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Gion Resident Association Cracks Down On Tourists, Bans Photography

Gion Resident Association Cracks Down On Tourists, Bans Photography
The ban has been implemented to curb over tourism, Photo Credit: Shutterstock

Owing to the increasing problem of over tourism, Gion district in Kyoto recently banned photography in the streets

OT Staff
November 03 , 2019
01 Min Read

As many tourists flock to the town of Kyoto to marvel at the numerous Buddhist temples and Shinto shrines what they forget to keep in mind is basic travel etiquettes and personal space. In an attempt to curb the growing problem of over tourism, a local resident group in Gion, a district in Kyoto, have voted to ban photography in the district’s streets and homes. The ban was put into effect on October 25 and tourists caught flouting the law will be fined roughly $92.

With tourists constantly harassing geisha and maiko (apprentice geisha), by photographing them and entering their homes without permission, chasing them, and tugging on their kimonos for pictures, the resident group in Gion has banned photography in the area to protect their privacy and preserve the traditional atmosphere of the district.  There have been numerous complaints from local vendors and shop keepers about tourists littering, disrespecting Japanese culture and overcrowding the roads. This ban has largely been implemented in the Hanamikoji Street which runs through the Gion district.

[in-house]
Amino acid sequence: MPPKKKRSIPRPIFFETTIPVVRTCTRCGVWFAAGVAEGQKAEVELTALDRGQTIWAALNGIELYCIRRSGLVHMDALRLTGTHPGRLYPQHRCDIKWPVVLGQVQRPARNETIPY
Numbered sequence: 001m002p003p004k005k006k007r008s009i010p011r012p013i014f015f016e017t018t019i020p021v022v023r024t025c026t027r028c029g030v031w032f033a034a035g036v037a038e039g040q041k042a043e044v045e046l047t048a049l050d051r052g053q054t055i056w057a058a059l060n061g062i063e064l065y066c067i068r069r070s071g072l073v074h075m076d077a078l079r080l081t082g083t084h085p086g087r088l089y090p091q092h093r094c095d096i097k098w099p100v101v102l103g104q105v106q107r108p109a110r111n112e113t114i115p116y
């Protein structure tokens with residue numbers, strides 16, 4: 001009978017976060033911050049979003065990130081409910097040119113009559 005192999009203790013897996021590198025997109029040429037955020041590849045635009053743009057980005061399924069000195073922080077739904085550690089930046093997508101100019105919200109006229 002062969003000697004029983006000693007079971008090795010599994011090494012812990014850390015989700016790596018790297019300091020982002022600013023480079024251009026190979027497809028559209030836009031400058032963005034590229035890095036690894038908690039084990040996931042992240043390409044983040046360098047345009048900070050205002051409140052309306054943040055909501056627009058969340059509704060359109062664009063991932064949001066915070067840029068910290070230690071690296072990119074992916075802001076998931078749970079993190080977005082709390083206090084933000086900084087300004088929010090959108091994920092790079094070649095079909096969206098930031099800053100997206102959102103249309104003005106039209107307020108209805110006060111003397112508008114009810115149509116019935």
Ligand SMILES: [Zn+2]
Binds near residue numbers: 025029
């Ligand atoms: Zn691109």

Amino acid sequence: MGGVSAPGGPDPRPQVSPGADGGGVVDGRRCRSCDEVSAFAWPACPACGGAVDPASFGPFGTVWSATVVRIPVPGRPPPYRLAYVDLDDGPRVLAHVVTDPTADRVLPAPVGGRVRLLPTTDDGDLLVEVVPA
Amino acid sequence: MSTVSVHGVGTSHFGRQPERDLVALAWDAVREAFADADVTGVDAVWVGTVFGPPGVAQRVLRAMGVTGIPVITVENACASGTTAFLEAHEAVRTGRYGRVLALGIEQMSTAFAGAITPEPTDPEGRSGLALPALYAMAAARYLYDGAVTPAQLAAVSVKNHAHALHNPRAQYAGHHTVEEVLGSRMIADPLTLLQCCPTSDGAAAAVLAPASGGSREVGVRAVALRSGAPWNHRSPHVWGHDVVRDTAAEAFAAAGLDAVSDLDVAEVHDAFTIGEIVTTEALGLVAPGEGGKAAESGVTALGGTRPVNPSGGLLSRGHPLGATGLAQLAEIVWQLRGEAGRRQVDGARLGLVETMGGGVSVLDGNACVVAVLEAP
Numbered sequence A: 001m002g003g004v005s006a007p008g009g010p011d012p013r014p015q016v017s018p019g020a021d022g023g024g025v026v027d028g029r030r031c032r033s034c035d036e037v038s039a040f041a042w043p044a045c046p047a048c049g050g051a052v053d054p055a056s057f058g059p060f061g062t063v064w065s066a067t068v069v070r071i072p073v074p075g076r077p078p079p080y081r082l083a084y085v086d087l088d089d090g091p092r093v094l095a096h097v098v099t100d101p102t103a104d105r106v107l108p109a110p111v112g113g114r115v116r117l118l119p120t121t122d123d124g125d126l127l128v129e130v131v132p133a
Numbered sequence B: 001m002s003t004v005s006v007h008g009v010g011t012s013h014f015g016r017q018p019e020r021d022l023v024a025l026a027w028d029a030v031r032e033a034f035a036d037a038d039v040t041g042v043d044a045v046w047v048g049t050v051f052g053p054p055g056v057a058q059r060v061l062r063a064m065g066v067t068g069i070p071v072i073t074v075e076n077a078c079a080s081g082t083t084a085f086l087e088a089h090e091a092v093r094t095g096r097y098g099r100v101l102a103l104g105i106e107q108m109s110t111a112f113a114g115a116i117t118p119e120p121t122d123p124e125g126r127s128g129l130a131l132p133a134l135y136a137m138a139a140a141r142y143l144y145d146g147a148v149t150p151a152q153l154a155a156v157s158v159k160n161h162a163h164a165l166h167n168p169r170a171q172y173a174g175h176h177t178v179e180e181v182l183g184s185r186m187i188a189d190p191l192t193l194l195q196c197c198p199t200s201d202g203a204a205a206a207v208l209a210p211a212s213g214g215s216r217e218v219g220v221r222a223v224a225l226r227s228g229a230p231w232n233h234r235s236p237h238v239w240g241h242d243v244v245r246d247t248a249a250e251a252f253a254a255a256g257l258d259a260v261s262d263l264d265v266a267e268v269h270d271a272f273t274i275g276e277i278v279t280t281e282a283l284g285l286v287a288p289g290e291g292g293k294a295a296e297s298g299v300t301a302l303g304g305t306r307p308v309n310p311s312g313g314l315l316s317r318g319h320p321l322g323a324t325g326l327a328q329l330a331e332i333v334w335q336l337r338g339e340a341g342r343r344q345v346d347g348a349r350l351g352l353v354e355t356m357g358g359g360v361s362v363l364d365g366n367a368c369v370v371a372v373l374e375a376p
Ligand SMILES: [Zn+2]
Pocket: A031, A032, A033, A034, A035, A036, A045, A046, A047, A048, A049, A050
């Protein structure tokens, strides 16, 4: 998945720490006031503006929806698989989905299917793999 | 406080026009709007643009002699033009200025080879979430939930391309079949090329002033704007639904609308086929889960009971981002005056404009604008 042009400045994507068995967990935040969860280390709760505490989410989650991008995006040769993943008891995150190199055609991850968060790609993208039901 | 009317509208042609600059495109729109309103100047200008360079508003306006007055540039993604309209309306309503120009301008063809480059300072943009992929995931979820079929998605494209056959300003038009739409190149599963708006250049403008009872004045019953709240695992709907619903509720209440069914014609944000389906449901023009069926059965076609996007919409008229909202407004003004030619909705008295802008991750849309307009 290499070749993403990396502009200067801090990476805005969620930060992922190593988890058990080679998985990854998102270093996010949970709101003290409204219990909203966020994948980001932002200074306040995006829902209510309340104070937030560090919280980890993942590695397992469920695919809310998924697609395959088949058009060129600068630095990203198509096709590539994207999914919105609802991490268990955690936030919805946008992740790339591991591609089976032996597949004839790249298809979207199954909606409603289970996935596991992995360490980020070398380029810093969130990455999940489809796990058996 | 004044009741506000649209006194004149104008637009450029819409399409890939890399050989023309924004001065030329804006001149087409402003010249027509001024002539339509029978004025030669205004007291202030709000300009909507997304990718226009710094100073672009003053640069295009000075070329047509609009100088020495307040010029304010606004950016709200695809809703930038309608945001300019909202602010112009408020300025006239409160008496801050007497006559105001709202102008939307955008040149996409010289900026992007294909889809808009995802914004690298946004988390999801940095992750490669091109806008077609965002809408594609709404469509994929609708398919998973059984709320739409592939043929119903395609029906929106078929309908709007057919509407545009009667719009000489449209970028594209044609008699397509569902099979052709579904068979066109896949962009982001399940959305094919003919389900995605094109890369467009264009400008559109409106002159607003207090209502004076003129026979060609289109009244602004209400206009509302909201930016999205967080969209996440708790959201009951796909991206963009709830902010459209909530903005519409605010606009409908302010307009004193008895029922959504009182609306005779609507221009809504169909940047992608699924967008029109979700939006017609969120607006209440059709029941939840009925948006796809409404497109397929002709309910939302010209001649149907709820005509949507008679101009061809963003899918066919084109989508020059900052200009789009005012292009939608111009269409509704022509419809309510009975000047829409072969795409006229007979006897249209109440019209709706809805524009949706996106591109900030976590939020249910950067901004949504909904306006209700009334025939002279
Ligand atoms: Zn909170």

Various signs have already been put up by the association informing tourists of the ban, leaflets have been distributed urging tourists to take permission before photographing the geisha and maiko. After receiving an onslaught of complaints from the residents of Kyoto, the Ministry of Land, Infrastructure, Transport and Tourism is sending messages to the tourists entering the area within 1 km of the Gion district. On clicking on the messages visitors will be redirected to a website with warnings of possible infractions in both English and Chinese. Moreover, at Yasaka Hall in Gion a video informing visitors of appropriate behaviour is shown.

However, the problem of over tourism is not just limited to the city of Kyoto. Closer to home, various cities such as Goa and Shimla have also fallen prey to the issue. Internationally, the Sistine Chapel has also imposed a ban on photography in order to protect the site from thousands of tourists swarming the site with cameras. Even in Czech Republic, the church of bones has also banned photography due to inappropriate pictures being taken by the tourists and in order to protect the sanctity of the church.


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